May 5th, 2010 by Chris


It is funny how one day can mean so much to so many people. For many within the West Australian music scene and those that are fans of all things West Australian music, RTR’s annual twenty-band extravaganza; In The Pines is such a day. Being a presenter on RTR it is an unwritten rule that you help out during In The Pines, being a responsible server of alcohol I headed behind that bar after I caught the opening acts. Here’s my day out In the Pines…

Goodnight Tiger are new, they are young and they are immensely talented but the day and the occasioned seemed to get the better of them. You see opening ‘Pines is such a hard place to be, people are coming in, trying to find a spot to sit for the day, people are chatting, bands are loading in and for the most part only your friends are paying attention. I expect these two talented singers to be all over the place for the next few years.

Keeping the young theme going, Stereoflower took to Stage B. An enjoyable show overall, this is a band that has disposed of their overly contrived stage presence, instead concentrating on their music and performing that well. Next, the increasingly popular band, Erasers began their thirty minute set after breakfast presenter Peter Barr babbled his way through an introduction – oh how we all love Barr. Their experimental music is refreshing and although repetitive at times that is what they gravitate towards, I kinda dig it. It seemed to be a rule that no member of the first four bands were allowed to be older then twenty one, the youth and talent is immense no more so than in Windwaker. Having seen these guys a few times over the last year or so, their Pines performance was lack luster but I put this down to a new band member yet to be fully rehearsed, this will come.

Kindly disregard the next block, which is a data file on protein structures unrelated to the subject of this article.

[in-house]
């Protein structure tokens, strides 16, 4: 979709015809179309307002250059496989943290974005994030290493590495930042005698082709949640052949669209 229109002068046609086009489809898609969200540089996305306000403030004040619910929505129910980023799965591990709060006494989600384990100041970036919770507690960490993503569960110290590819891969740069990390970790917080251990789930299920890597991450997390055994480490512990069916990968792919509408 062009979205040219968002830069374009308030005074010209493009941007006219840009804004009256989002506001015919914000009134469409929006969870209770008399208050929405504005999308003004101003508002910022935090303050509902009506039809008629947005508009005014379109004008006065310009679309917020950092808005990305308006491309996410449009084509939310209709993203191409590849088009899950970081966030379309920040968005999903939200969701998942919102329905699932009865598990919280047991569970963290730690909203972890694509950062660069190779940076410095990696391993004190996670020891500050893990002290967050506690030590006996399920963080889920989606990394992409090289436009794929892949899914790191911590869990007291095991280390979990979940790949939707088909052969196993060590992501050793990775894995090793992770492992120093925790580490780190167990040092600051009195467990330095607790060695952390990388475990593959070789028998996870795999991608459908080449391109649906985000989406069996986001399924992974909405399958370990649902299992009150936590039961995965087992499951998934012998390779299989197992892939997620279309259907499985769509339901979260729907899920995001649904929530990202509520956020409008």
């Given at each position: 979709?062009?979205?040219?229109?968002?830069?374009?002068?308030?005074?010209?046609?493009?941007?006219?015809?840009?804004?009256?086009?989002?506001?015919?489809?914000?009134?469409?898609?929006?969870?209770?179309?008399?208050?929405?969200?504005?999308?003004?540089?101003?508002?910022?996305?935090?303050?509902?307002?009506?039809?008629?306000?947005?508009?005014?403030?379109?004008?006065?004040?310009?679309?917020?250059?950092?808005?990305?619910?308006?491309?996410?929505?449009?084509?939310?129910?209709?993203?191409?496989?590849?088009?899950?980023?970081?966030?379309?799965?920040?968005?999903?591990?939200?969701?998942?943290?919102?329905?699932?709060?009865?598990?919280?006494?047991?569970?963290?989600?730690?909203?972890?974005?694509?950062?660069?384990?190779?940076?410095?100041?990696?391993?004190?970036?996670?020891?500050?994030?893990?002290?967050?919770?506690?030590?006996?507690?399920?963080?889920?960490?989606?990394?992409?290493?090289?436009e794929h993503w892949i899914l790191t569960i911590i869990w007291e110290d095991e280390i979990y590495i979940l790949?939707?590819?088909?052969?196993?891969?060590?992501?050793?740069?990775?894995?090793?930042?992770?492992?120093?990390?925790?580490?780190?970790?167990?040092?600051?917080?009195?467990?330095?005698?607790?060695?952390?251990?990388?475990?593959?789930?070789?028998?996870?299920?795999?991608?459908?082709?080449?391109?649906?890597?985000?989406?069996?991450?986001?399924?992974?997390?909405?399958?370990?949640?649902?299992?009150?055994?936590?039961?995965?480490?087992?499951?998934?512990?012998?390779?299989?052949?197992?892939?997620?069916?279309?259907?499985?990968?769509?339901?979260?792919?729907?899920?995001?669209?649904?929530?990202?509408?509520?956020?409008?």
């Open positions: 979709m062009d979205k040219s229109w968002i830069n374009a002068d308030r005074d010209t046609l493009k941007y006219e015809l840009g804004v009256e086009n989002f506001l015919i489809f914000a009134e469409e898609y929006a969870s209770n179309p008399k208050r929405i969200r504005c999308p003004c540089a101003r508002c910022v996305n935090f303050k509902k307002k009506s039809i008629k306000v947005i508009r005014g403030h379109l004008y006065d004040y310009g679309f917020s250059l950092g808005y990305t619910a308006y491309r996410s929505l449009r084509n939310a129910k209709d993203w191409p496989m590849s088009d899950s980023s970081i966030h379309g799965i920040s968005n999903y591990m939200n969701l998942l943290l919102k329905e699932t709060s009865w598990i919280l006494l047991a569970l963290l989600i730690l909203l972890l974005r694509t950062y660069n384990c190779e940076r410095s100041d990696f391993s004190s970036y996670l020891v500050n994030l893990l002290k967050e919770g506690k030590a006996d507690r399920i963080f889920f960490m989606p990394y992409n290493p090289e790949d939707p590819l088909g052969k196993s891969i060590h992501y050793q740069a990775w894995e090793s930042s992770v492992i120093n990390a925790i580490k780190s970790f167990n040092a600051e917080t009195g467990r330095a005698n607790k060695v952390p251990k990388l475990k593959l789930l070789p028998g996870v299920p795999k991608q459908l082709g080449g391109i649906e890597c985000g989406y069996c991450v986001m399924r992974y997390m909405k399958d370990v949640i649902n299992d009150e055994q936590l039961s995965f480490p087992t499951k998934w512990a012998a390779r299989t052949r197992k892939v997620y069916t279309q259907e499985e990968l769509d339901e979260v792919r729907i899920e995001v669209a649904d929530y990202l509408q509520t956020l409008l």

I headed to the bar, to try to explain the difference between Coopers’ beers, dump my hands in freezing cold water and for the most part serve wonderful, polite people. I say for the most part because some people seemed to lack the understanding that they were at a community radio station gig, that the people serving them were volunteers and that the money made went straight back to the station.  Oh and to the guy that just pointed at things and complained it was Pepsi instead of Coke, asshole!

Being behind the bar did not stop me from hearing, and what I heard I certainly liked. Next Big Thing winners Art Martial did their thing and although sounding a little removed from the usual RTR band, they were tight and well rehearsed. More so they were loud and really lifted the mood in the afternoon, it was now a drink some wine and hit on a friend type of place.